Crashdiet – Generation Wild (2011, Frontiers Records)
Original Release: 2010, Universal Music/Gain Records)
1. “442” … 0:54
2. “Armageddon” … 4:06
3. “So Alive” … 4:13
4. “Generation Wild” … 4:05
5. “Rebel” … 3:23
6. “Save Her” … 3:26
7. “Down With the Dust” … 2:47
8. “Native Nature” … 4:39
9. “Chemical” … 4:17
10. “Bound to Fall” … 4:16
11. “Beautiful Pain” … 4:42
Simon Cruz – Vocals
Martin Sweet – Guitar
Peter London – Bass
Eric Young – Drums
Producer: Johan Ramström and Patrik Magnusson
Crashdiet (or Crashdïet, if you prefer) are yet another glam/sleaze act from the country seems to have an unlimited supply of them — Sweden. Seriously, I bet you can’t drive down the road in that country without running over of these bands. I’ve heard and liked number of Crashdiet’s previous songs like “Riot In Everyone” and “It’s A Miracle” but for some reason I never got around to picking up an album. I’m sure high import prices are what kept my curiosity at bay. Generation Wild is their third release and also debuts their third vocalist — Simon Cruz. Cruz replaced Olli Herman (who left Crashdiet in 2008 to devote more time to Reckless Love) who replaced Dave Lepard (who commited suicide in 2006).
Well, what we have here is a reissue of the band’s 2010 album that was originally issued by Universal/Gain Records. They have since signed with Frontiers Records and this re-release looks to consummate the new deal. Though there are some international pressings of the original release with extra tracks, from what I can tell the only addition on the Frontiers version is the “442” intro (Maybe a change in album art too?), so this reissue really is of no interest to anyone who already has the 2010 release, BUT… with Frontiers’ wider distribution, this album should be easier to come by for North American listeners and should most definitely be picked up.
By this time, most people should know what to expect from the glam acts of Sweden: parts Def Leppard, Motley, Guns, KISS, Skid Row, etc. Some acts are more polished and AORish than others, some acts are sleazier than others. I like both sides of the fence and apparently Crashdiet does as well because they are straddling said fence. The gang vocals and harmonies are very reminiscent of Def Leppard but songs like “Armageddon” and “Generation Wild” have just enough bite. In fact, the whole album has enough bite that you don’t feel like you’re listening to cheese that expired in the 1980s. Like most bands that play that modern glam, Crashdiet are exactly that: modern.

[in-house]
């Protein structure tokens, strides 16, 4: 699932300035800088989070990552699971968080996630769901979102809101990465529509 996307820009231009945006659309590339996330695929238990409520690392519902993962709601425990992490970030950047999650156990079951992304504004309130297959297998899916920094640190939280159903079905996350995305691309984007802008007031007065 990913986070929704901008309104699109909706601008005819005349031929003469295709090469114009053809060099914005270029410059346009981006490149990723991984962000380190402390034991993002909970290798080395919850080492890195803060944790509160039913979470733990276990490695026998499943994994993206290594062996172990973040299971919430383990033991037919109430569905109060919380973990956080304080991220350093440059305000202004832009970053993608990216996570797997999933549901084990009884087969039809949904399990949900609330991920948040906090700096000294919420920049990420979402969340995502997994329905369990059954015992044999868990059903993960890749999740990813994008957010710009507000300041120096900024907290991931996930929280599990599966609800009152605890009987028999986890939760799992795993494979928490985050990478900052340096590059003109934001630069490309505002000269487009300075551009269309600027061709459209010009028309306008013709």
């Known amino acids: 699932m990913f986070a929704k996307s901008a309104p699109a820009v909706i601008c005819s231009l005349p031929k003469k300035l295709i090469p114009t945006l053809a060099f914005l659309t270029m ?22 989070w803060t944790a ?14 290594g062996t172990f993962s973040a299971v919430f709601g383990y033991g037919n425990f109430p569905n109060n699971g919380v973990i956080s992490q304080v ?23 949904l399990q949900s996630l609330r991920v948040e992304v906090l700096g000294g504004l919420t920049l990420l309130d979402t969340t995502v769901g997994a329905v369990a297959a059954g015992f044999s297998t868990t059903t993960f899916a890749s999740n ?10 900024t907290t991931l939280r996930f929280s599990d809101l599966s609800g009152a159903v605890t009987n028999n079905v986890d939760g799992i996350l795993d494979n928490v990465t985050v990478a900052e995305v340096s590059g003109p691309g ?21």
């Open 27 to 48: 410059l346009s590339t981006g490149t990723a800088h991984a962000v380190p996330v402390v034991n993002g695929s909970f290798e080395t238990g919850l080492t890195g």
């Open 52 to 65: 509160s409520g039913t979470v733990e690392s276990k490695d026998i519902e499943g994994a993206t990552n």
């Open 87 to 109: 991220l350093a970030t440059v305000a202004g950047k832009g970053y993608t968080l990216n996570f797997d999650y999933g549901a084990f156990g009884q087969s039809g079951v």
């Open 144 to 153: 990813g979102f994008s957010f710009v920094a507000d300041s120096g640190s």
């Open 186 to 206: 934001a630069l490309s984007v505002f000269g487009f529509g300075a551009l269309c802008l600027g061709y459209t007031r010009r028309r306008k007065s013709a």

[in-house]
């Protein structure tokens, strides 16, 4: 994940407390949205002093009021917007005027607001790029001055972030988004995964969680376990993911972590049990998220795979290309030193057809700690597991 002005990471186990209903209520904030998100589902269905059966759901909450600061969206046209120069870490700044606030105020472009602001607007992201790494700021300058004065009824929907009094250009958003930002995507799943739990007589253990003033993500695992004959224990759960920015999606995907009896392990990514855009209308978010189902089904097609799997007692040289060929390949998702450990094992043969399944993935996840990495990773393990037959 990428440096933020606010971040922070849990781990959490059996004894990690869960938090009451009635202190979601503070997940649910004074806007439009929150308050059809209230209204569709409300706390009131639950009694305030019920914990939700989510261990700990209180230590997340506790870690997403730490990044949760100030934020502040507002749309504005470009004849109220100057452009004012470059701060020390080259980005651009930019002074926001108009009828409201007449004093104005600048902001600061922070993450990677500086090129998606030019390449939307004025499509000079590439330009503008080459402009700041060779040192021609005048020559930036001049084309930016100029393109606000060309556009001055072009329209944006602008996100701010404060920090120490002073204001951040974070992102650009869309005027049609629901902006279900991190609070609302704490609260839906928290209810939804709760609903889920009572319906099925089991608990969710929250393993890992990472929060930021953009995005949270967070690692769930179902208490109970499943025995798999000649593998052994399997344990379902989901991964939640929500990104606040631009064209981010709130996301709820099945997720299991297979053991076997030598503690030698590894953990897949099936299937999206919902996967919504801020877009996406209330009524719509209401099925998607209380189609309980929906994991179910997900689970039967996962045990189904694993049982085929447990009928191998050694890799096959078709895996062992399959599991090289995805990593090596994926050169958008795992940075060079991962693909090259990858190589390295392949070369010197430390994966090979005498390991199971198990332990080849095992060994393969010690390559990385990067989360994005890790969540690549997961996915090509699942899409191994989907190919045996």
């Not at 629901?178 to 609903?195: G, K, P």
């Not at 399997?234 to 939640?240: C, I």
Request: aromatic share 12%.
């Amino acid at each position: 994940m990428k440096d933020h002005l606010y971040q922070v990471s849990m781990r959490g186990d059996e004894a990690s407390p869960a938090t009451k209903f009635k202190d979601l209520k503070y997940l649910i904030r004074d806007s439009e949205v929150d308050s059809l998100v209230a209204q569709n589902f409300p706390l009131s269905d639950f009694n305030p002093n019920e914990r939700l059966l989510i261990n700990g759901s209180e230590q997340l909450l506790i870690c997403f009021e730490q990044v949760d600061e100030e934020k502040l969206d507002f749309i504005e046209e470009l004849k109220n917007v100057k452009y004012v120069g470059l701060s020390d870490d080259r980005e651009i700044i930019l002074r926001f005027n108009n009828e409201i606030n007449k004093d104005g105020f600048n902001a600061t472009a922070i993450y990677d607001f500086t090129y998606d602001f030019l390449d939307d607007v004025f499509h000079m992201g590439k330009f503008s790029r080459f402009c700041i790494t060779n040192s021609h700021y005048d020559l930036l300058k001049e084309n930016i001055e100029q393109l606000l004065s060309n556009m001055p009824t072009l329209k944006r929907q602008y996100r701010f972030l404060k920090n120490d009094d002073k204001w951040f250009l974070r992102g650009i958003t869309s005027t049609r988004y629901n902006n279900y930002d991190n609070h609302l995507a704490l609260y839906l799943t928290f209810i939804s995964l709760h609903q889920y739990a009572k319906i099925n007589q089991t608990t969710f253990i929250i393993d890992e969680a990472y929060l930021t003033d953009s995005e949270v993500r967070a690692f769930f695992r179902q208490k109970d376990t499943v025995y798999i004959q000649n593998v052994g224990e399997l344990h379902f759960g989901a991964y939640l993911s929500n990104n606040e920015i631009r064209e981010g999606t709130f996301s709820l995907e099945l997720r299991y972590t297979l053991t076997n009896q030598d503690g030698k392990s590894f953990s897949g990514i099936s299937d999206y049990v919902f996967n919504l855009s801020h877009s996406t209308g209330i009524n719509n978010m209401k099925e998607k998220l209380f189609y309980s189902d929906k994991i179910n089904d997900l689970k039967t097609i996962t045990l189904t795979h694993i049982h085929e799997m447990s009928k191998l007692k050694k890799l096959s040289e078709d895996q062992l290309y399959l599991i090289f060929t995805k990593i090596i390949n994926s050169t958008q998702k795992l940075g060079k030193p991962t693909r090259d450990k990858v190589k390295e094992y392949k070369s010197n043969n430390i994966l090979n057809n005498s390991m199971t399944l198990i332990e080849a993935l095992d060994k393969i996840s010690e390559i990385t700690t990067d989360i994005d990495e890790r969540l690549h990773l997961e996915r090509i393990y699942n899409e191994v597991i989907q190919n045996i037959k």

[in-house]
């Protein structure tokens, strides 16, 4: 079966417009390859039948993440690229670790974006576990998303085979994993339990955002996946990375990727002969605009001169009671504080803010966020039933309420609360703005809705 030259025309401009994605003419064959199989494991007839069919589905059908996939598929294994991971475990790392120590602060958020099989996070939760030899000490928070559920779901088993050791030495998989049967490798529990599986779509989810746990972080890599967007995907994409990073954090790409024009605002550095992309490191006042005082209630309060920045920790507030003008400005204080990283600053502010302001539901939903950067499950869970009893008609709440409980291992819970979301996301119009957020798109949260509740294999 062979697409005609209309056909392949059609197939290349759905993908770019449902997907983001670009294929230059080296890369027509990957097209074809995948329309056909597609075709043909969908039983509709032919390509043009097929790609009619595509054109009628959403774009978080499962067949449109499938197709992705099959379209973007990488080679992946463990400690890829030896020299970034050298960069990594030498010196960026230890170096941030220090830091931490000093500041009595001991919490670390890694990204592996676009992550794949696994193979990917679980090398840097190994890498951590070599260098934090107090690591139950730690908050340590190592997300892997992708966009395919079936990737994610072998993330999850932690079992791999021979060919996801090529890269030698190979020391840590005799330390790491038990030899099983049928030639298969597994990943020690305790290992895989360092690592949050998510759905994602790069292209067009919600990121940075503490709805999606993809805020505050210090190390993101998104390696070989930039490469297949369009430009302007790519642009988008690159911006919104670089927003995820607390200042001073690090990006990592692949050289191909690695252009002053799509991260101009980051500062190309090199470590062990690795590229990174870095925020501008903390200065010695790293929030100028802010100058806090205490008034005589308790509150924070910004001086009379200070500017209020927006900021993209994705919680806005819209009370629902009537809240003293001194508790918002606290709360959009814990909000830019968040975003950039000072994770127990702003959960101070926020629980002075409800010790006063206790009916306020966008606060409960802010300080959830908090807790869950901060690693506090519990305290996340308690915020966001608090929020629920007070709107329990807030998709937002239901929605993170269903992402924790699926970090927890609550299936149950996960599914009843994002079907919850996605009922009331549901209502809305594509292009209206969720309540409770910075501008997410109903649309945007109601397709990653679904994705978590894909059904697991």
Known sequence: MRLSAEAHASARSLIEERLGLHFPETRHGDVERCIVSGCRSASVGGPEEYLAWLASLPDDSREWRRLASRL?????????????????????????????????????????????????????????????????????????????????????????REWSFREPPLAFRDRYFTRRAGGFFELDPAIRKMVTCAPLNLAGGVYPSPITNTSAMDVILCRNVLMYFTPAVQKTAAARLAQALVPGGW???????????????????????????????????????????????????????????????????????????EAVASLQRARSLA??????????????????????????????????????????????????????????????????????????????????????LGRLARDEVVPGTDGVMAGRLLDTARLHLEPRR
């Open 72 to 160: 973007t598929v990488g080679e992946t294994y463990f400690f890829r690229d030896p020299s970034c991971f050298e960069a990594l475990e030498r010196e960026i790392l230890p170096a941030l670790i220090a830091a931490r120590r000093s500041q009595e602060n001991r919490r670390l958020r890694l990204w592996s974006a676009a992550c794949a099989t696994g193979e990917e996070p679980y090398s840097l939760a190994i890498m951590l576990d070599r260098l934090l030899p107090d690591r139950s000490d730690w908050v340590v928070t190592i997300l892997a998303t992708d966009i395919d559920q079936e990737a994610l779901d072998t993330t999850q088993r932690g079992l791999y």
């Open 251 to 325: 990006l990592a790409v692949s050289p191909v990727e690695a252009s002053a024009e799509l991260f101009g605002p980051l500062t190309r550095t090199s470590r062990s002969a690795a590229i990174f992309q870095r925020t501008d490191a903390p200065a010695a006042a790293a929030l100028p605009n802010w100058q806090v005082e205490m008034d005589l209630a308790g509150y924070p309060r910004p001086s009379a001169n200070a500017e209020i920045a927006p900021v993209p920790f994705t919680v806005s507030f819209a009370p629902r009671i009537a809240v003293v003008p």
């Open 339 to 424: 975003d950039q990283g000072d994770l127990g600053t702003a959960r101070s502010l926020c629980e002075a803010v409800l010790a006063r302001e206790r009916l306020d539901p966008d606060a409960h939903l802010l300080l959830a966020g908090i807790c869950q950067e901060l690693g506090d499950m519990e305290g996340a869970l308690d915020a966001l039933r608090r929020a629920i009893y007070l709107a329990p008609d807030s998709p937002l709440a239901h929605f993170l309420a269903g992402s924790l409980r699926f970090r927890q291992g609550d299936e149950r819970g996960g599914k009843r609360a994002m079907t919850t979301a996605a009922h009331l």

From all accounts, Crashdiet is a success in their home country if you define “success” as having your album debut at #3 on the album charts and then getting your music video for “Generation Wild” banned on your country’s version of MTV! It’s a shame there’s not a huge market for these bands in America. In the meantime, I’ll continue to enjoy the music Crashdiet creates. If you’re into Hardcore Superstar, Wildstreet, Vains of Jenna, Dirty Penny, Crazy Lixx, Reckless Love, Jettblack and so on, this is an album and band you should not miss out on.
Highlights: “Armageddon”, “So Alive”, “Generation Wild”, “Save Her”, “Native Nature”, “Chemical”, “Beautiful Pain”